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Protecting a Loved One from Financial Exploitation


An older adult holding up her credit card

Financial exploitation or abuse of older adults occurs when a person’s resources are used by another for personal profit or gain, or when actions are taken that deprive an older person of the benefits entitled to them. No one is immune. This sort of theft can happen to anyone regardless of social standing and education levels.

Financial abuse can come in many different forms. Some businesses prey on older adults and use unfair, deceptive and abusive practices. That said, not all of the abusers are strangers. Many times, financial exploitation is committed by a person that we know and trust. We should be aware that potential abusers are often people with:

  • Drug or alcohol issues
  • Gambling problems
  • Untreated mental illnesses 
  • Financial dependency issues

If this describes anyone who is a close relative or caregiver for our loved ones, we should be alert.
We can start by having a conversation with our loved ones about different financial scams. This conversation can be started by recounting a story on the news about a telephone scam or information theft through the internet. We can continue the conversation by reviewing guidelines with our loved ones and reminding them that they should never e-mail account numbers to anyone or fall for an e-mail about someone in an emergency situation who desperately needs money. Telephone scam artists can also be aggressive. We should tell our loved ones that it is fine to hang up on a person who is pushing them for money over the phone.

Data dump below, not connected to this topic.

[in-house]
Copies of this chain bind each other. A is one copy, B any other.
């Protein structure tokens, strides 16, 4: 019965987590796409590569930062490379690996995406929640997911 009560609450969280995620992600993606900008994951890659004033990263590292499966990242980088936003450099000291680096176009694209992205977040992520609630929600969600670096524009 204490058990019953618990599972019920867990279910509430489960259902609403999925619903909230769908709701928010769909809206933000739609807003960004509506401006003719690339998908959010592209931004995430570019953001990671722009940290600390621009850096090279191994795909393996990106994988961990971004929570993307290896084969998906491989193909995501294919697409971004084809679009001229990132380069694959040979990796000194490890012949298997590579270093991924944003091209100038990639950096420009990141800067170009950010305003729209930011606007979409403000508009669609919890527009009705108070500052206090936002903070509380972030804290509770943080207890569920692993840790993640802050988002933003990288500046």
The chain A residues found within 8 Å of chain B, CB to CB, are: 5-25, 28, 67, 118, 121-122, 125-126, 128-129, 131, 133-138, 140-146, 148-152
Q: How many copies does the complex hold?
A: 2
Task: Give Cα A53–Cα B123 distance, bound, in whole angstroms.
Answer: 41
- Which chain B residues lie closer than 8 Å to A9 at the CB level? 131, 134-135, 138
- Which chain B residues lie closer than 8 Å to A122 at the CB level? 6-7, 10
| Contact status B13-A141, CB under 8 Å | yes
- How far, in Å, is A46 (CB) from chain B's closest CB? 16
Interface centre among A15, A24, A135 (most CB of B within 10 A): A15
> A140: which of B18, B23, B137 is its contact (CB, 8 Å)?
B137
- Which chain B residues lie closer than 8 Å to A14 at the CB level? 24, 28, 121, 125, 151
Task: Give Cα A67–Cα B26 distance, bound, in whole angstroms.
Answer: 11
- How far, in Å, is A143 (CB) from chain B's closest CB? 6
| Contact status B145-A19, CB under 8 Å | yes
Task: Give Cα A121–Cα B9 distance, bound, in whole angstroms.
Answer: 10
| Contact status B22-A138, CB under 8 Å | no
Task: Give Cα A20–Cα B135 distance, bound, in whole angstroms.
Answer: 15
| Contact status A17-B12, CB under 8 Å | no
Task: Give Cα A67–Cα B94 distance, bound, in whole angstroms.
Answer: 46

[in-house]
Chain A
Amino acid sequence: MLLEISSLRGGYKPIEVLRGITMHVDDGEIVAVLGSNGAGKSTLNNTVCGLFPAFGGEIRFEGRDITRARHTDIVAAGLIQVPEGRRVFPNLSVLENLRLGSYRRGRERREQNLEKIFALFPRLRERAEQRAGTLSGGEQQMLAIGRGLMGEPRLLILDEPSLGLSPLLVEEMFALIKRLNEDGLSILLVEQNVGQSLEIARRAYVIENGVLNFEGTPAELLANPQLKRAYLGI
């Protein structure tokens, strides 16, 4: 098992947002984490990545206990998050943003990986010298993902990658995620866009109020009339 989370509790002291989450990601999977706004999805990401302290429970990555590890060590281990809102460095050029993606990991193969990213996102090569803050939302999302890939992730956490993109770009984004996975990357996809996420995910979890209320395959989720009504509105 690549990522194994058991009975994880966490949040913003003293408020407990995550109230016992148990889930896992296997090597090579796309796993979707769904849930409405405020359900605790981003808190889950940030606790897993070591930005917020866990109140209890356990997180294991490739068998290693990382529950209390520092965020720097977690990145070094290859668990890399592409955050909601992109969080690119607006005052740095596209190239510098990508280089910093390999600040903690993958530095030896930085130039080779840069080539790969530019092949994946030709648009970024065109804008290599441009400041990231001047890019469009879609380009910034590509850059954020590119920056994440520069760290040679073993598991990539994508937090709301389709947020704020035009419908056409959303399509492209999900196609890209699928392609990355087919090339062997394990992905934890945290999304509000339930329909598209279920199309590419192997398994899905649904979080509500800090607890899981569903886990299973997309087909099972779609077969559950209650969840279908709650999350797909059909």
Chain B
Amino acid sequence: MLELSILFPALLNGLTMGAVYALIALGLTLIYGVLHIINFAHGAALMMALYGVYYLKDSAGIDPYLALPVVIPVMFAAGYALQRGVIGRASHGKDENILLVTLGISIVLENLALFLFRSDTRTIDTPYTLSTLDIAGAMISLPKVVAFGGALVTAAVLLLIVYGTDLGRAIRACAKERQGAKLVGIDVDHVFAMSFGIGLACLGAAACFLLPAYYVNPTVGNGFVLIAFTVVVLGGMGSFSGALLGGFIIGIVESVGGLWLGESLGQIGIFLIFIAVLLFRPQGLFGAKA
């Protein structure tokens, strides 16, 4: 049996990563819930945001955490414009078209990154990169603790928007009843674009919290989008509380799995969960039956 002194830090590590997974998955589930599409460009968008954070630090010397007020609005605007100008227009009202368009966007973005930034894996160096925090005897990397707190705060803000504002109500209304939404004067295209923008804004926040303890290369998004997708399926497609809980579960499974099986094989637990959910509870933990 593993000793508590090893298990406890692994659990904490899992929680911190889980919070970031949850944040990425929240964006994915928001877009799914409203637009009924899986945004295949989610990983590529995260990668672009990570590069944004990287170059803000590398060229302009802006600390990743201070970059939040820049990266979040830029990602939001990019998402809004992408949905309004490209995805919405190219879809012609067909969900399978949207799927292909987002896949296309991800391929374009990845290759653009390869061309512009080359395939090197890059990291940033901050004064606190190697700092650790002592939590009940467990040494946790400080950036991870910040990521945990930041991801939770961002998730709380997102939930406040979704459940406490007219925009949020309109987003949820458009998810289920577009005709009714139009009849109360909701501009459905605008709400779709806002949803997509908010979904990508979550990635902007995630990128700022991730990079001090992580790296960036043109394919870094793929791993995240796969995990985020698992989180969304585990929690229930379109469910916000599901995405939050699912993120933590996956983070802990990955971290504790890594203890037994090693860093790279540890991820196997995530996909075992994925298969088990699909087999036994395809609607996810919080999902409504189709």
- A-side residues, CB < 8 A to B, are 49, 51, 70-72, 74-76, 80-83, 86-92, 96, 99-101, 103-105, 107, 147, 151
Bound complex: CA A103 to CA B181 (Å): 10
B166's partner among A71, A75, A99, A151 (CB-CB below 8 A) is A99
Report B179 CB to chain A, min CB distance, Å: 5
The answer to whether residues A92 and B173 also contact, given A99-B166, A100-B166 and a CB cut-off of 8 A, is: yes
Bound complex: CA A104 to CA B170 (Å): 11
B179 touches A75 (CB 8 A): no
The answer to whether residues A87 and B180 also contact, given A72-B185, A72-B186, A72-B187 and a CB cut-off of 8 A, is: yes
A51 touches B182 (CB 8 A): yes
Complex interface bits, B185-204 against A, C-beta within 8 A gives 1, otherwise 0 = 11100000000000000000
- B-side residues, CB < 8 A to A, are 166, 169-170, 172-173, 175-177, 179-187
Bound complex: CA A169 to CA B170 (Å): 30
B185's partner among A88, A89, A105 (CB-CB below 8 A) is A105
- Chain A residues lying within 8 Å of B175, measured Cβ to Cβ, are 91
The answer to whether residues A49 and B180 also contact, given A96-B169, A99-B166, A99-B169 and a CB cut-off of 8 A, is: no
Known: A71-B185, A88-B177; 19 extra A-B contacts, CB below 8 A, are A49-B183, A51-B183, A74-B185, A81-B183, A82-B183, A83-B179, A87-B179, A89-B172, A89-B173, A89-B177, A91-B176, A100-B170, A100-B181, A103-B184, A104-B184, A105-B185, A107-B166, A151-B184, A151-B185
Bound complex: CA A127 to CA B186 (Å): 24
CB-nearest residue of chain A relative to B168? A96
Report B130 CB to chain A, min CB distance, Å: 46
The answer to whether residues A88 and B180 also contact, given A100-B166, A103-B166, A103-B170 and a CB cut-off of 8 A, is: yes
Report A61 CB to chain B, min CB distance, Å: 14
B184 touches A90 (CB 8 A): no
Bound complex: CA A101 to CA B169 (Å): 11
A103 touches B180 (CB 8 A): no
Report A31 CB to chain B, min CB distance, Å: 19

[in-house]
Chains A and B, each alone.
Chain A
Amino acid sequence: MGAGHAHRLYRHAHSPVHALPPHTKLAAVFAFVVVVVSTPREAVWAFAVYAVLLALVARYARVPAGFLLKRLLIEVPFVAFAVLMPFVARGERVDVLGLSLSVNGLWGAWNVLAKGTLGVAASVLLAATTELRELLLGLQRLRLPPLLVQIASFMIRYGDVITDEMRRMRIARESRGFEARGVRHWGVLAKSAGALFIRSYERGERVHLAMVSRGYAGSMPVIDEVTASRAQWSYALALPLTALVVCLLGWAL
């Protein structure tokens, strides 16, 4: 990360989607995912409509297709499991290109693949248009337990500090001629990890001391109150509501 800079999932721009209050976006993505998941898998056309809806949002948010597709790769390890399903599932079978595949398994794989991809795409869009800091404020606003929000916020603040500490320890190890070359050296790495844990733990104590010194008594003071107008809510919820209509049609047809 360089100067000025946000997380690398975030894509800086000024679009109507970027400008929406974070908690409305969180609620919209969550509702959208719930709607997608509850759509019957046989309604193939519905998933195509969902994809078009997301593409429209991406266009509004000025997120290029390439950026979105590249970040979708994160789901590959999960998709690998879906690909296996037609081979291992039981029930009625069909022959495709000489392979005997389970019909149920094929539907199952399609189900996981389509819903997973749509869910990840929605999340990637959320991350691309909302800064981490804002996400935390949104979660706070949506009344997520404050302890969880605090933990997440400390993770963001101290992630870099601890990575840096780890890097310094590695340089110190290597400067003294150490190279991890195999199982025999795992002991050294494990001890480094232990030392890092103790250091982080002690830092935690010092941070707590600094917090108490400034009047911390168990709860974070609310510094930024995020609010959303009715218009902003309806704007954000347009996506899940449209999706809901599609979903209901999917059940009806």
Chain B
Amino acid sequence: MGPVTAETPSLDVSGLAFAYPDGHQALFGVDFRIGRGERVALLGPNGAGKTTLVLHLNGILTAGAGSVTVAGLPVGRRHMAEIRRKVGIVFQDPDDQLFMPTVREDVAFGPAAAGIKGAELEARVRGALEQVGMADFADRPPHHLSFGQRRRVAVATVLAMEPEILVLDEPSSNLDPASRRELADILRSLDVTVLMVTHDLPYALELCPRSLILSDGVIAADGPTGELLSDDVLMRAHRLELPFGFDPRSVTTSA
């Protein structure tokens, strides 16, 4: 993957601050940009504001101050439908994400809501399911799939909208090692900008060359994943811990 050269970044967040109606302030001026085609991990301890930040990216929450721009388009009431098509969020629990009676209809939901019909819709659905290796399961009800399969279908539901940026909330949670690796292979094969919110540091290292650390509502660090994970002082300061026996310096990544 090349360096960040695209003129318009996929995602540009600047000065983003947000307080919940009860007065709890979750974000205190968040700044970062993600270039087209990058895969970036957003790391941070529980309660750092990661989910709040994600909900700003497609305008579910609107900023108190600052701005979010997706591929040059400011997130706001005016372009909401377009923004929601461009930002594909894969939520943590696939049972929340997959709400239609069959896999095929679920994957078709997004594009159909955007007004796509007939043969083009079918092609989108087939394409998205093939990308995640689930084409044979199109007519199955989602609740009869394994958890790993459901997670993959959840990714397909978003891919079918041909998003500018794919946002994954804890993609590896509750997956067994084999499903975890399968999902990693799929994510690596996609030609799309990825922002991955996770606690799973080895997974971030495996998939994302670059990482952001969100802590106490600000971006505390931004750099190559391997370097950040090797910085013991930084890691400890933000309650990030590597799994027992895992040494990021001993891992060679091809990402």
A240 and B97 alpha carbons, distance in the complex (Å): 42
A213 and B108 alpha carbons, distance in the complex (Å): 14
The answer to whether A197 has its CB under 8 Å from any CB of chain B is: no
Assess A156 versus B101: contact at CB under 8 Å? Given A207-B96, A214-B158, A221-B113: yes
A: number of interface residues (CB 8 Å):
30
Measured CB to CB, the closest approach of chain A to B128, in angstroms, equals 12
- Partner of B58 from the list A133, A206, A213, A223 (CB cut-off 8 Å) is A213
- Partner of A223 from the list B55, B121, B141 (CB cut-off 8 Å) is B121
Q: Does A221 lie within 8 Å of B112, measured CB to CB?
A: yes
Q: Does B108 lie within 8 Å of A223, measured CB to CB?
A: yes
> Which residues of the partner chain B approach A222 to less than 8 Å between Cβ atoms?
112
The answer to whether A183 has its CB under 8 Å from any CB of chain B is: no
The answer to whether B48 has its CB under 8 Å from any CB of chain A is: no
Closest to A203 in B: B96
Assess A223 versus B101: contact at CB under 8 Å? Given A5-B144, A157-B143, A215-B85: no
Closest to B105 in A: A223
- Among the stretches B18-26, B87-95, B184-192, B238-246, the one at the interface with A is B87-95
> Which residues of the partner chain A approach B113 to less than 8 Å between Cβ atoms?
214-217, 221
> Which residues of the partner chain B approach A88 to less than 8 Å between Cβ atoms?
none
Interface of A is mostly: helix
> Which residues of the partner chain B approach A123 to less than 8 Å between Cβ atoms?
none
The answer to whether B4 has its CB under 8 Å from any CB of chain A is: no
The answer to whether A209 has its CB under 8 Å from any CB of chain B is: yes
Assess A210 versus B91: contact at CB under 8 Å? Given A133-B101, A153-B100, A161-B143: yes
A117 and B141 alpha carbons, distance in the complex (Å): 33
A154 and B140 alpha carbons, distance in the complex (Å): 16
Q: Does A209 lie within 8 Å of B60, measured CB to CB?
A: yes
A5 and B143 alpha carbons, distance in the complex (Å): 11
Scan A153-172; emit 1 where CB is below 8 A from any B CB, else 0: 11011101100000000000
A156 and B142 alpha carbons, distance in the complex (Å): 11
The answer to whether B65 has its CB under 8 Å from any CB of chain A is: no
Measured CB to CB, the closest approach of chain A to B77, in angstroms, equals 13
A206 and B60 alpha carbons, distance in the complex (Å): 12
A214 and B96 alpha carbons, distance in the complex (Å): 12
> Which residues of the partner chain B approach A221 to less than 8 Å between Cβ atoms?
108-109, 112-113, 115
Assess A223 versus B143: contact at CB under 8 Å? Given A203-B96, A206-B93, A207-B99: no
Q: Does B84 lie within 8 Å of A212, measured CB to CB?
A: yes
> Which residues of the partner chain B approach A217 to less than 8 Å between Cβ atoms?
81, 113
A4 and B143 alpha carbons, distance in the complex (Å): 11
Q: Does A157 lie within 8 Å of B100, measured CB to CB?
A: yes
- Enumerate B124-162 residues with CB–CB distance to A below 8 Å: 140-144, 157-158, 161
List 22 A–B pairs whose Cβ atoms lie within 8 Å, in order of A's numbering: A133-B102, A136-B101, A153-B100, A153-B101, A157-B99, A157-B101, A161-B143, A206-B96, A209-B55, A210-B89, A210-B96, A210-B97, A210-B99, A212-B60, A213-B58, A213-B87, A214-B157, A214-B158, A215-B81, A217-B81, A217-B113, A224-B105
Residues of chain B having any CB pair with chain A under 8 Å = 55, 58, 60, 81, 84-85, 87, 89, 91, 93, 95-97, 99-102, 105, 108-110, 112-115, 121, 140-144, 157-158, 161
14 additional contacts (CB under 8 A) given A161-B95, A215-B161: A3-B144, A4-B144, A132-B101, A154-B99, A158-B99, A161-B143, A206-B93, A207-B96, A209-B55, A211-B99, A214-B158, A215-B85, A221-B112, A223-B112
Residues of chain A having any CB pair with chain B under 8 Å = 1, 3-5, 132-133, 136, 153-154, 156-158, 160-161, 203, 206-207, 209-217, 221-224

To further protect our loved ones, we can:

  • Educate them on identifying theft and the importance of shredding any documents with their personal information
  • Buy them a paper shredder and teach them how to use it
  • Encourage them to sign up for direct deposit for their paycheck, retirement check or any government benefits. This will prevent someone from stealing a check out of their mailbox
  • Let them know that they are not obligated to help family members who ask for money. They should be wary of anyone who asks them for money, and then asks them to keep it a secret.

There are also agencies that can help. The Eldercare Locator can help us locate resources in our loved ones area. They can also be contacted at (800) 677-1116. If we have concerns about our loved ones financial products, such as their mortgage, credit cards or bank accounts, contact the Consumer Financial Protection Bureau at (855) 411-2372.

A version of this article appeared in the Private Health News. 

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